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Quinnen Williams: Should New York Jets Fans Be Worried?

Quinnen Williams

Most people accept that rookies struggle in their first season. Players are rarely ever instantly as dominant in the NFL as they were in college. However, there are a few prospects that receive the “can’t miss” label, and they are supposed to have a seamless transition to the pros. Quinnen Williams was one of those prospects.

Coming off one of the most dominant college seasons ever, Williams was widely recognized as the first or second-best player in the 2019 draft. The athleticism, size, production, and Alabama pedigree were all there. He epitomized “can’t miss.”

Unfortunately, Williams didn’t perform like a “can’t miss” prospect in his a rookie campaign. He finished the year with a mere 19 pressures (according to Pro Football Focus), which ranked 48th among interior defensive lineman who played at least 463 snaps. Only three of those pressures were sacks.

So… what happened? Should Williams’s early struggles be chalked up to inexperience, or should the Jets be concerned? Lets cut on the tape and find out!

The Jets Did Not Put Williams in a Position to Succeed

At Alabama, Williams showed to be most effective as a pass rusher when he could penetrate gaps and beat the man in front of him. Preferably lined up at three-technique (gap in between the guard and tackle).

The Jets utilized Williams differently. As you can see here, Jets defensive coordinator Gregg Williams regularly uses stunts. Stunts require defensive linemen to attack gaps that they aren’t lined up in to confuse the offensive line. They are typically designed to scheme up a free rusher (unblocked).

In short, Williams does not have the liberty to pin his ears back and get home however he can. His responsibilities are either to occupy a blocker or loop around and be a product of the scheme. That said, it’s hard for a player to be good or bad stunting. It is really more dependent on how the stunt is designed and executed by the entire defensive line.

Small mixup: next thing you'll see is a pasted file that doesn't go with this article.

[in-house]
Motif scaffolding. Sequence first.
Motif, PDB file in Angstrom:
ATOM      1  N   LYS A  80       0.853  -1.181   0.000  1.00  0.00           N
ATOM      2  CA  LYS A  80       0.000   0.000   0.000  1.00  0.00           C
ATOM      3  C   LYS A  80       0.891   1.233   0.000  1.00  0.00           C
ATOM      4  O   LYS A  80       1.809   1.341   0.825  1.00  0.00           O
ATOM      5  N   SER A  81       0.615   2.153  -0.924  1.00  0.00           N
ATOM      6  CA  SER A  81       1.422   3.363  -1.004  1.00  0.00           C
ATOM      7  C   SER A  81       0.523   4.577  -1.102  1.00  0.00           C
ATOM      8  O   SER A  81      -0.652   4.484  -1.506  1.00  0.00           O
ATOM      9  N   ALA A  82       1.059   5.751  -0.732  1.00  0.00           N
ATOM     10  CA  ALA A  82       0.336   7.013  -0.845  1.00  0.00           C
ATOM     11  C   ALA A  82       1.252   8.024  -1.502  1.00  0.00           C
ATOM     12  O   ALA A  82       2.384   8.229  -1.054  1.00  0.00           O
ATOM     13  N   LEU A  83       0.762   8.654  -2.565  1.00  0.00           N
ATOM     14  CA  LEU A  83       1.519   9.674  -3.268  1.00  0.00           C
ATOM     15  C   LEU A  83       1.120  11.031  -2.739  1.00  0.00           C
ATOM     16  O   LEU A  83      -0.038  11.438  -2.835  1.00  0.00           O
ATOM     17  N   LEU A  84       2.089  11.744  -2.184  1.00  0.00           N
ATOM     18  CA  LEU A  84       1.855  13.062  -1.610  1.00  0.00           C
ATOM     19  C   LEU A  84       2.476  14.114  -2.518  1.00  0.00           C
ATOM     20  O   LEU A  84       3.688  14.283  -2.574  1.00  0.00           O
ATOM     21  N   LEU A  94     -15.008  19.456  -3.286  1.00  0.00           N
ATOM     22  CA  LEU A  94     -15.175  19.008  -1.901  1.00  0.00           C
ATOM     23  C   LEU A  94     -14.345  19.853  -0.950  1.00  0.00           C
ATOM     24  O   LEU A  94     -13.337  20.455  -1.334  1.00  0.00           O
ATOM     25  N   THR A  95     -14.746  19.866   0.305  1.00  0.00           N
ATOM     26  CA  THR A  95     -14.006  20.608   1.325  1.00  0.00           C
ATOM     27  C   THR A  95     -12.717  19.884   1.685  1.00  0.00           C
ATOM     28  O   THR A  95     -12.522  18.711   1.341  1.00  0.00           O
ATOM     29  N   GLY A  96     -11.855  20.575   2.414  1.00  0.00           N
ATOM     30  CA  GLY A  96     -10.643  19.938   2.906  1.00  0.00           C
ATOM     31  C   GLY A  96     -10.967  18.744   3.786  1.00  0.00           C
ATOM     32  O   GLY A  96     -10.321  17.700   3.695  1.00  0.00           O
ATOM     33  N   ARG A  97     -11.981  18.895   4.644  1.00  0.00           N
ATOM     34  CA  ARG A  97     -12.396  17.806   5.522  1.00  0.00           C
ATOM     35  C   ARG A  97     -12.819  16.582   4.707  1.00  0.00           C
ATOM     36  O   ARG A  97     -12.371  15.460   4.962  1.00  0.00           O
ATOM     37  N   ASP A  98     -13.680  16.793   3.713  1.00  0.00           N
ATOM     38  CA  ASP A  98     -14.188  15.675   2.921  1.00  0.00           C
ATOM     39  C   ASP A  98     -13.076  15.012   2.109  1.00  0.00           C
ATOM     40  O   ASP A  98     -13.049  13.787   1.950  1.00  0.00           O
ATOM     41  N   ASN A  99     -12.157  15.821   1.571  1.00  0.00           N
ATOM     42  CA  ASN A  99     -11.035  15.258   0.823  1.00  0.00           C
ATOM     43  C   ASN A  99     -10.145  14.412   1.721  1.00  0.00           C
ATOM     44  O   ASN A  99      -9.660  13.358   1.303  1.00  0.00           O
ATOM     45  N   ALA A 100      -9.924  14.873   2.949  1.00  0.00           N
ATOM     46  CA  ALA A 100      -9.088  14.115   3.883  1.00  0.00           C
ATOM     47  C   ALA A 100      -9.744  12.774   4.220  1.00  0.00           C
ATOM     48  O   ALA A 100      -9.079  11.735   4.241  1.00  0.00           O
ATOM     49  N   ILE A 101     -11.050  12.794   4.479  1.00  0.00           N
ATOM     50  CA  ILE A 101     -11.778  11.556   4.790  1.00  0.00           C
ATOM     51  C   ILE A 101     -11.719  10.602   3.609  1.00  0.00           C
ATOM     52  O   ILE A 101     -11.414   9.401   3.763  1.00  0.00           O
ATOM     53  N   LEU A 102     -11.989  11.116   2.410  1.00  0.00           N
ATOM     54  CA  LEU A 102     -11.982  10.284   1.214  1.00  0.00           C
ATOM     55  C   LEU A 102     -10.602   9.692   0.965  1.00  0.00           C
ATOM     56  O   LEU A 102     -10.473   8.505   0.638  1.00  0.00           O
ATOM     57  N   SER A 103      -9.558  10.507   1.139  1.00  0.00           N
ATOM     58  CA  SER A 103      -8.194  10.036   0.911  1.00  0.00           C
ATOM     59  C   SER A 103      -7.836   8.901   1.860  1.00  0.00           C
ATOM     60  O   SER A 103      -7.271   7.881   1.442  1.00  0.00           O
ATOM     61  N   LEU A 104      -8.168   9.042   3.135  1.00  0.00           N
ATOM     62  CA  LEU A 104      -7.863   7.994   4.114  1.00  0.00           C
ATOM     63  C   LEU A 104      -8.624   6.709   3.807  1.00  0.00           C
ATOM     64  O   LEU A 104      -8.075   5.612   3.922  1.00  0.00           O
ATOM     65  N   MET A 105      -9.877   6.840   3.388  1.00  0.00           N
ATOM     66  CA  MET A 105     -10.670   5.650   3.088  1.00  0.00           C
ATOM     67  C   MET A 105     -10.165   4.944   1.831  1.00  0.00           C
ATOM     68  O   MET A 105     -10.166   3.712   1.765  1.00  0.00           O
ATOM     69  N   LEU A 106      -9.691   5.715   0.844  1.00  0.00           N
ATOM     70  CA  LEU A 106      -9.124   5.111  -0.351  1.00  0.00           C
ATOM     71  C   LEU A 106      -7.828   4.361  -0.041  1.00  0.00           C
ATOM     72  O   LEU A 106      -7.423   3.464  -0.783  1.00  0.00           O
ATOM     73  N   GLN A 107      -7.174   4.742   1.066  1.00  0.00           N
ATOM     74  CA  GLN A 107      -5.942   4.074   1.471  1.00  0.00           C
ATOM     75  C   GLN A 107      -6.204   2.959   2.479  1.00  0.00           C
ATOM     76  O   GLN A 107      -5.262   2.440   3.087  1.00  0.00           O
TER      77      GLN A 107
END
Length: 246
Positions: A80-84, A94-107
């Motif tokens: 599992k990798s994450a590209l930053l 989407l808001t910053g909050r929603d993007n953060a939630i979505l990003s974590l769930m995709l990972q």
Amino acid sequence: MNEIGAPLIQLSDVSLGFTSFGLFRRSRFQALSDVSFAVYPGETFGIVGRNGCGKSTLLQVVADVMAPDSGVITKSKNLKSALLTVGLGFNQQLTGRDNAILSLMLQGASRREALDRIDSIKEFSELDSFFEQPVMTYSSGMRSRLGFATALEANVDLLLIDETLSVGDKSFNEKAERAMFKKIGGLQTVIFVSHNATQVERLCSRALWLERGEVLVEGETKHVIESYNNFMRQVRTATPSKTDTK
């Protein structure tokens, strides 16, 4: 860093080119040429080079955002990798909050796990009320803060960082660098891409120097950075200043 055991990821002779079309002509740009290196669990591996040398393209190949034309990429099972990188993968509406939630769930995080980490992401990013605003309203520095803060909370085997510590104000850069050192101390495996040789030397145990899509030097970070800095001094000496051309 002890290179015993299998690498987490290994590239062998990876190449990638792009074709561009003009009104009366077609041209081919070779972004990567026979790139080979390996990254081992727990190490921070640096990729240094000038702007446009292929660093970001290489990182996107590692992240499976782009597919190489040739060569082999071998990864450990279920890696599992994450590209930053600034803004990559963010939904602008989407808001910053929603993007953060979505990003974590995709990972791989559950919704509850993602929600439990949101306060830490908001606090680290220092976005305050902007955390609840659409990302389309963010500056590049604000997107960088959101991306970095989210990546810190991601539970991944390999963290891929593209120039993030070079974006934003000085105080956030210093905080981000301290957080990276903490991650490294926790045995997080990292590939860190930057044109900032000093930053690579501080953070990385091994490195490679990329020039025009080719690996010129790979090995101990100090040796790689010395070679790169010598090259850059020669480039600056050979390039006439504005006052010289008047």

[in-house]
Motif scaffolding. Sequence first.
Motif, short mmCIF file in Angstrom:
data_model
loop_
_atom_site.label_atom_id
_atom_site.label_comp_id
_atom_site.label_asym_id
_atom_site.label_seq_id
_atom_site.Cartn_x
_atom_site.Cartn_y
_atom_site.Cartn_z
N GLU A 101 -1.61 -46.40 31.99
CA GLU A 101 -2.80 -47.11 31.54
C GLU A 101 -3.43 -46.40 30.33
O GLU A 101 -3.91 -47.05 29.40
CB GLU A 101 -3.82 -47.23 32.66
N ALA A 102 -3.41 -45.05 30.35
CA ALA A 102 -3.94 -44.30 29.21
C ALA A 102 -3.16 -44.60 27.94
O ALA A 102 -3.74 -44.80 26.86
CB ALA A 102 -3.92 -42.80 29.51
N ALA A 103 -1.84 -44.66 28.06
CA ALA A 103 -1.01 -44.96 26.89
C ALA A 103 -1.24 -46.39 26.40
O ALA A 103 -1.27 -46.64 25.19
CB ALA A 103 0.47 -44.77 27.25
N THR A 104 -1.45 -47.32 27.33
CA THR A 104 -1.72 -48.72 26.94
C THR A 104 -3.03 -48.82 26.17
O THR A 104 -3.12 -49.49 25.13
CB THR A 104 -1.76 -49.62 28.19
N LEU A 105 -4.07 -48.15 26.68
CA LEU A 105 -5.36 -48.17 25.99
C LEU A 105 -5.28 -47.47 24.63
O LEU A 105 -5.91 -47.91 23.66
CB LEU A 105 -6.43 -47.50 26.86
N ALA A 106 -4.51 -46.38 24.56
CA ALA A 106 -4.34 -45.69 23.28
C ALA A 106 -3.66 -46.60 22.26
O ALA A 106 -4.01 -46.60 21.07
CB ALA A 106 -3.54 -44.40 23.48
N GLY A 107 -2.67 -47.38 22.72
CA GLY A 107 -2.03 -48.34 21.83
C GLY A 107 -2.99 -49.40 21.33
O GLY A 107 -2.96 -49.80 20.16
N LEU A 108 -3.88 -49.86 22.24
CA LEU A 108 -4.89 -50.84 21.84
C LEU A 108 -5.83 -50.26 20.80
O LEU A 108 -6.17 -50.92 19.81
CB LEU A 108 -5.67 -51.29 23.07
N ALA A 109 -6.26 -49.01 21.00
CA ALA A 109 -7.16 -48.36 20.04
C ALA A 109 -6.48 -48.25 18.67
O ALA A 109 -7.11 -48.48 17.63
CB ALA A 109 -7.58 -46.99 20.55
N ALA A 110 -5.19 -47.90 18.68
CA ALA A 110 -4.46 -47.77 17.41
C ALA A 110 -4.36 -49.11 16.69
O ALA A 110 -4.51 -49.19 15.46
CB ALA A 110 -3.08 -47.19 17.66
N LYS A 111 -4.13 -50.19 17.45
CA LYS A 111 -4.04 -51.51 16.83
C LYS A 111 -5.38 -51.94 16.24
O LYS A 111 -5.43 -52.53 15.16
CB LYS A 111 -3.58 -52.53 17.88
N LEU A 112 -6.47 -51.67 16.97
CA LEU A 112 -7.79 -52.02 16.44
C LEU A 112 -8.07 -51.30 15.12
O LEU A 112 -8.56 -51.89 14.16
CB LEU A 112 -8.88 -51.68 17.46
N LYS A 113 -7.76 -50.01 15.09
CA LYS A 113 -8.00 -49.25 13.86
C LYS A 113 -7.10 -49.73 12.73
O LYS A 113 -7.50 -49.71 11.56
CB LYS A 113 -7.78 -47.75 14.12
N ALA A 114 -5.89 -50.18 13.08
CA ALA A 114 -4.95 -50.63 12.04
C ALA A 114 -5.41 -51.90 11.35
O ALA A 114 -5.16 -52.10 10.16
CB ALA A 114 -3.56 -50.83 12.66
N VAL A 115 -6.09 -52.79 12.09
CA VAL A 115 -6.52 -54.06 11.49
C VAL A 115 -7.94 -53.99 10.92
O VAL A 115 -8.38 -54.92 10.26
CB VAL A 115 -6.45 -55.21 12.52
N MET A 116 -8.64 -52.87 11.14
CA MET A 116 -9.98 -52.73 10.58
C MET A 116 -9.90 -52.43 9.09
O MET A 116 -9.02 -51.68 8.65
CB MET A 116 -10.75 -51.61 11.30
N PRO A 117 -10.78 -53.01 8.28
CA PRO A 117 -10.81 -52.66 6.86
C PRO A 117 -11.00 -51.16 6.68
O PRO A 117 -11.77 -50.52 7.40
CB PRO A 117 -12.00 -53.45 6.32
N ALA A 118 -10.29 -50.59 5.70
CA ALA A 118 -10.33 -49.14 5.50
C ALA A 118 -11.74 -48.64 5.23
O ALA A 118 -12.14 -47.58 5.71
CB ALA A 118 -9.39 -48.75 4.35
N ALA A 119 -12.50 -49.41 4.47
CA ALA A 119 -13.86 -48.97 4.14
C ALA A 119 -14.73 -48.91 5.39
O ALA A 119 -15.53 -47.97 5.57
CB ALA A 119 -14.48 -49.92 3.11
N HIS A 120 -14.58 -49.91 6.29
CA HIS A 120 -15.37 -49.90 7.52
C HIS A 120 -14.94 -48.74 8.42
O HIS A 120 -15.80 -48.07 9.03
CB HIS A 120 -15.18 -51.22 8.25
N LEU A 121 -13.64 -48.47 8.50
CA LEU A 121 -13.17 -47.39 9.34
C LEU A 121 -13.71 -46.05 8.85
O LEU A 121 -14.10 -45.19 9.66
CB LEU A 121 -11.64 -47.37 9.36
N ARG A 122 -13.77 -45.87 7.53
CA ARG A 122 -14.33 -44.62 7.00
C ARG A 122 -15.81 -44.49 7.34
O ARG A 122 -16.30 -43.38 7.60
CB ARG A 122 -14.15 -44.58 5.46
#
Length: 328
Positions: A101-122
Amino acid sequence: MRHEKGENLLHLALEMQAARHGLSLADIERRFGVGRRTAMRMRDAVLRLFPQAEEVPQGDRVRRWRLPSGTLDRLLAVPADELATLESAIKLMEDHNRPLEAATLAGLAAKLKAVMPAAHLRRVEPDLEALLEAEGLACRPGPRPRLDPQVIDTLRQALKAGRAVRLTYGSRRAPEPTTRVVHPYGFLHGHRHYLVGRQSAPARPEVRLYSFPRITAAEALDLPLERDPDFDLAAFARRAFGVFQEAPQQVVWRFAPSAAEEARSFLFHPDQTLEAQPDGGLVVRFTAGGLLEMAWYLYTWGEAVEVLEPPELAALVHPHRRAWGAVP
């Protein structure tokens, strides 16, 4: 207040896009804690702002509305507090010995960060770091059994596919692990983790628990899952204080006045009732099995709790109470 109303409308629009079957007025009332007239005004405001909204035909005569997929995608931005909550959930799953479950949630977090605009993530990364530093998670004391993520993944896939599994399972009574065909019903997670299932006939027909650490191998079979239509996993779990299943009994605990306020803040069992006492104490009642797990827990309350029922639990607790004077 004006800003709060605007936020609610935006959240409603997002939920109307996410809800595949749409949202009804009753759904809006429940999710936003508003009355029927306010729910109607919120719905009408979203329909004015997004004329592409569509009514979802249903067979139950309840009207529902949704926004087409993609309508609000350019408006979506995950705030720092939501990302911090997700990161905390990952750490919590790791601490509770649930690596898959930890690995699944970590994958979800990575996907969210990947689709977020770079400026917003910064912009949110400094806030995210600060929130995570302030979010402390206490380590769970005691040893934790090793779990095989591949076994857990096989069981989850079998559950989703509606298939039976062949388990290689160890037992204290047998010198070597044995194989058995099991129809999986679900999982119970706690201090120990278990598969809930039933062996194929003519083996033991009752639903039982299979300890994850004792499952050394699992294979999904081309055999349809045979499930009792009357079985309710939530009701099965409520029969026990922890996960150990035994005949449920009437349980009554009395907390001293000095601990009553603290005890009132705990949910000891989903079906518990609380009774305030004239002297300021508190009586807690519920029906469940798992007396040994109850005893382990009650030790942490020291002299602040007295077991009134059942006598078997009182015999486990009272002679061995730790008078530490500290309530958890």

Stunts do play against Williams’s strengths, however. For example, he is much better playing forward, and stunts usually require him to play laterally. His ability to beat blockers isn’t really being used either.

How Did Williams Fare When He Was Freely Allowed to Rush the Passer?

In traditional pass rush reps, Williams struggled. There just aren’t that many reps to point to where he decisively beats blockers. It’s a lot more pocket pushing, failed bull-rush attempts, and being glued to blockers instead.

Obviously, this is somewhat concerning, given that high-level pass rush production in college generally translates quickly to the NFL. Yet, there could be more to Williams’s situation that was exacerbating his struggles.

Like mentioned before, Gregg Williams asks his defensive linemen to fit his scheme rather than to play towards their strengths. In a Bleacher Report article called The Depths of Myles Garrett written by Dan Pompei, Myles Garrett stated that Gregg Williams also dictates which moves his pass rushers can use.

“Gregg [Williams] was more like: ‘You win with these two moves. I don’t want to see anything else out of you,’ Garrett said. “It’s kind of hard with two moves. I feel like you can’t always be so predictable.”

Now, there isn’t any hard evidence that confirms this to be true about Quinnen Williams, but that’s what it looks like on tape. Williams really only attempts to rush straight down the middle of blockers. Usually, with some sort of bull rush or long arm move. He almost never uses any type swipe, club, or swim move, all of which are more advantageous for quick pass rush wins.

In addition, most opposing offensive lineman knew how to play against Williams. They regularly utilized a quick set (initiate their set early into the rep) to close off the space Williams could’ve used to convert speed to power. Making his job that much harder.

Last Word

It’s no secret that Quinnen Williams did not deliver in his rookie season like many thought he would. However, ignoring the context of his situation would not be fair to him. That being the majority of what the Jets asked him to do was different from what he did well in college.

It’s hard to be optimistic about Williams moving forward until he is put into better situations to utilize his unique pass-rushing ability. Knowing Gregg Williams’ history, it seems unlikely that he is going to change for anyone.

The fact of the matter is, the Jets’ front office should take the brunt of the blame if Quinnen Williams continues to struggle under Gregg Williams. Team builders must know how the players that they draft fit with their coaches. Even if the players are seemingly “can’t miss” prospects.

The Jets should’ve known when they hired Gregg Williams that defensive linemen in his scheme act more as cogs than individual impact players. Therefore, if Quinnen Williams’ role doesn’t change, and they plan on keeping Gregg Williams around, they overvalued Quinnen Williams’s skill set.

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